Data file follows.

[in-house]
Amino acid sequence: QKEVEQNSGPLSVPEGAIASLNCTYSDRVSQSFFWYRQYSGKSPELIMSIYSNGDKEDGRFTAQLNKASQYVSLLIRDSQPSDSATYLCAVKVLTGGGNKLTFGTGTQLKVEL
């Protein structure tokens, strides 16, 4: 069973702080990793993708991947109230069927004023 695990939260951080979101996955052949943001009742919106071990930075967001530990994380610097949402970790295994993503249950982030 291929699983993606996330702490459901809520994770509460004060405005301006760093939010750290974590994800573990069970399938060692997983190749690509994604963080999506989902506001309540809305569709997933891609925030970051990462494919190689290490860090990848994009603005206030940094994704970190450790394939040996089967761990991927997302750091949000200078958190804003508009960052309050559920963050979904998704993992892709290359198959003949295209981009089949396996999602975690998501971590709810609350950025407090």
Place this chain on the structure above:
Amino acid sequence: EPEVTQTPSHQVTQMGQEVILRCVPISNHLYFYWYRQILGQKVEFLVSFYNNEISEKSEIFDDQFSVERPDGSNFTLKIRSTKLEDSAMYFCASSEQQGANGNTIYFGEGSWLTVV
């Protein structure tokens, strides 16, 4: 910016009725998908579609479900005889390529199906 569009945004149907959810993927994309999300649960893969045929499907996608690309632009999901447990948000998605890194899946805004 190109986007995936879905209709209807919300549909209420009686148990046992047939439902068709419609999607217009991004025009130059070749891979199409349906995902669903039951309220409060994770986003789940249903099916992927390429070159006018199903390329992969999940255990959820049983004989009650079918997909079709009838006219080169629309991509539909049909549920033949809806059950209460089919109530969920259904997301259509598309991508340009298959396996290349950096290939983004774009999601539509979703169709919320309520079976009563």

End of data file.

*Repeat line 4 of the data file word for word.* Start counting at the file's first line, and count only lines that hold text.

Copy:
Place this chain on the structure above: